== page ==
In 2007 James Attlee, local resident of East Oxford and commuter to London for his day job in art publishing, published Isolarion: A Different Oxford Journey. The book was well received, remains in print and — as books about Oxford go — remains thoroughly original, taking the Cowley Road as its subject but treating it to the sort of psycho-geographical workout familiar from books by Peter Ackroyd and Iain Sinclair.

Isolarion is the term for a fifteenth-century style of map that describes specific areas in enormous detail, but without providing any overlying clarity as to how they relate to each other. From the perspective of 2013, when we have become comfortable with swiping thumb and first finger on an iPhone screen to see the Big Picture on a Google map, the Isolarion approach sounds a bit risky. And it is.

However, in Attlee’s book you don’t just get the Cowley Road down to individual paving slabs. Rather, you get paving slabs through which the world entire is viewed, a wildly expansive journey of discovery.

In the most psychogeographic chapter in the book, called Wittgenstein’s Lion and a Cappucchino Sea, Attlee sets sail on a miniature voyage concerning Wittgenstein’s Philosophical Investigations, noting that we can’t see the world like an Amazonian tribesman even if we learn his language. He then links this to Blackwell’s bookshop, whose Oxford headquarters was once on the Cowley Road and who first published Wittgenstein in English.

From there, he pulls off a crazy stunt, linking the backyard of the HQ to a friend who had maintained a cabin there in the 1980s, then on to his connection with an Enid Blyton manuscript discovered in a drawer, and swiftly to the lost — and thoroughly white, non-multicultural — world of those novels, in which East Oxford has no part. From there, he continues haphazardly to the sea of cappuccino and coffee shops, Viennese and Turkish history, and the way in which Oxford may have hosted the country’s first coffee shop. All this and more in eight brief pages.

It only works because Attlee is so comfortable with his material. He keeps it as light as a Mary Berry fairy cake and just as delicious. I munched through the whole book in a few brief hours, but the next day I couldn’t recall a single morsel in any meaningful detail. The book’s message is clear enough, however: namely, that the whole world is right under our noses if we care to see it. Don’t bother flying to India; it’s right there on the Cowley Road. Forget heading to Russia; you can find it on shelf in an East Oxford shop.

One of Attlee’s successes is to note, in two instances, how stuff was changing even as he wrote. A pub changes its name; a man stops baking the author’s favourite French bread. The book itself disintegrates, whether by design or its absence you cannot tell: “The account of my wanderings has ended up more akin to time-lapse photography than a chronological documentary.”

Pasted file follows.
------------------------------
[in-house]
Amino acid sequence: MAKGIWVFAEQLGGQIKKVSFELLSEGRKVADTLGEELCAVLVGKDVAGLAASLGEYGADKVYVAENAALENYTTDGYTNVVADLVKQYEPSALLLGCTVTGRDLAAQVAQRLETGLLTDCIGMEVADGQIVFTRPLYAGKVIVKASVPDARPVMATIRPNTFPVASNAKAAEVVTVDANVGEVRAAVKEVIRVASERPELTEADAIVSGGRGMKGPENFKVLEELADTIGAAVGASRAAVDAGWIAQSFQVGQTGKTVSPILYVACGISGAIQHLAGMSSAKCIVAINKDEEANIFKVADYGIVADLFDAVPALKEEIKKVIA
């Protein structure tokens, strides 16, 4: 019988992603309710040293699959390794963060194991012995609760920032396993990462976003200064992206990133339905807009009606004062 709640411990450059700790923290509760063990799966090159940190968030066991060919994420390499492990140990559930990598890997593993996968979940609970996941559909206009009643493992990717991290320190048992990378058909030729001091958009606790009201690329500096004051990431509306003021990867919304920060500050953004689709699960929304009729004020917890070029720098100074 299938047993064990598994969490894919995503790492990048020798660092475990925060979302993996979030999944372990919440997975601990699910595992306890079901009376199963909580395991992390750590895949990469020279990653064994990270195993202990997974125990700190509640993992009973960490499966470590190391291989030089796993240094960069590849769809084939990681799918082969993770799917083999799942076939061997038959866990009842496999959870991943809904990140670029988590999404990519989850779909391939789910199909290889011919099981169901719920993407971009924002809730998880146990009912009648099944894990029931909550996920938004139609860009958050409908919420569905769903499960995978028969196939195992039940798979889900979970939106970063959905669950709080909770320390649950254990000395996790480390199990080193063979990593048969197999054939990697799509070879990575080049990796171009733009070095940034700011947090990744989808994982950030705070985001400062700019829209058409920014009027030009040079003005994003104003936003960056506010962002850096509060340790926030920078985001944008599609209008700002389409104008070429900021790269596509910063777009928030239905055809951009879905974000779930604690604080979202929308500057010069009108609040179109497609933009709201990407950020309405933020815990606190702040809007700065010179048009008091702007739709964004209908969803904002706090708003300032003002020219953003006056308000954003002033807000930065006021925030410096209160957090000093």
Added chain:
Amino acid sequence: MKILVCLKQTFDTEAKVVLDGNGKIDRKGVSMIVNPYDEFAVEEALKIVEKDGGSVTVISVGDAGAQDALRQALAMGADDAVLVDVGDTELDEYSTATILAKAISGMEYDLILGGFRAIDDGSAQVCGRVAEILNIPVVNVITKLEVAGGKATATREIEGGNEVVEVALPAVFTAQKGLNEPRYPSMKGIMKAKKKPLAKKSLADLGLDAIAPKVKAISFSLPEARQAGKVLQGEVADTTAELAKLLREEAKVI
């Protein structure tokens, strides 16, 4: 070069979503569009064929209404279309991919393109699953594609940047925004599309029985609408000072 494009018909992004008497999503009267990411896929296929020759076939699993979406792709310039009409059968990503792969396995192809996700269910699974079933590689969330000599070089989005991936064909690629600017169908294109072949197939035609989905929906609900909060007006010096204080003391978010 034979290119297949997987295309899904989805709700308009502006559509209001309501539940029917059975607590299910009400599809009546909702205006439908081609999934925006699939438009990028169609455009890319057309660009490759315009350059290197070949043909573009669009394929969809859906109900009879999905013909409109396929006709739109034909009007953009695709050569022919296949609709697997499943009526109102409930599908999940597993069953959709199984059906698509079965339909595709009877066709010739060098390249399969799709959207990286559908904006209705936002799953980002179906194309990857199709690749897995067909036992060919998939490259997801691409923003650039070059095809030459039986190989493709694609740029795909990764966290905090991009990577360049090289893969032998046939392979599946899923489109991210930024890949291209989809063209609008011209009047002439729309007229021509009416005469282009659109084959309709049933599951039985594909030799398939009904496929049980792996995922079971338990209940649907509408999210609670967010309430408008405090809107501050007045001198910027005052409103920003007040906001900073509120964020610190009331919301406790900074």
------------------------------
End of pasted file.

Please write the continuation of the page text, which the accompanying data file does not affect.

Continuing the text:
It was then that I set off to do an impromptu walk down the road to see what else had changed in the six years since Attlee published. A very great deal, as it turns out — so much so that one marvels at the courage exhibited by the tribe of small shopkeepers and traders who traditionally make the Cowley Road what it is.

A massive NHS Trust has been built; Cycle King, the purveyor of cheap wheels, has burnt down and re-opened temporarily up the road; Beeline Bikes, the other stalwart, has opened a second shop; Rick’s Café is a new comer, along with Quarter Horse, a coffee house which only opened in 2013. There’s even an American-themed restaurant full of hip young things, serving achingly fashionable posh versions of junk food and overly hoppy US beer.

Rick’s, a coffee shop named after the bar made famous by Humphrey Bogart and Ingrid Bergman in the movie Casablanca, was only opened two years ago by Sam Benbakti. He tells me about his French-Algerian roots; how once he flew search and rescue for the Algerian air force; how he moved to the UK and hence Oxford; how he makes less money now but the satisfaction is higher; and how business rates have just doubled from £560 to £1,200, fuelled by a greedy, cash-strapped council. “What would make business better?” I ask. “Summers are deadly because no tourist comes here and the students have left,” comes the reply.

That resonates with a major theme in Attlee’s book, about an interminable consultation that led to a tidying up of the Cowley Road. Attlee helped to defeat the effort of others to brand the Cowley Road by erecting gateways to make it a ‘cool’ destination. Attlee loves the piles of rubbish, the racial and ethnic diversity of the street, and the globalization in miniature. Turning it into a zoo-pen would have been wrong, he says. I think I agree with that. But it doesn’t remove the blunt fact that, while gentrification is the rule in East Oxford, tourists still don’t come and the students disappear too frequently.

If I was taking inspiration from Attlee, I would write of the history of patisserie in Paris (Sam is behind Chateau Gateau as well, on St Clement’s, and it is fantastic if you like coffee and cake), the colonial subjugation of Algeria, the pieds noirs role in the war of independence against France, the subversive role in that of some half-forgotten Oxonian, and how it comes to a froth in this cup of coffee in front of me.

But I’m not going to. The only truth may be a Heraclitian one: that the river flows constantly and differently, and thus all meaning is subjective. But the cakes are objectively good — so I sincerely hope that Benbakti is not forced to close shop.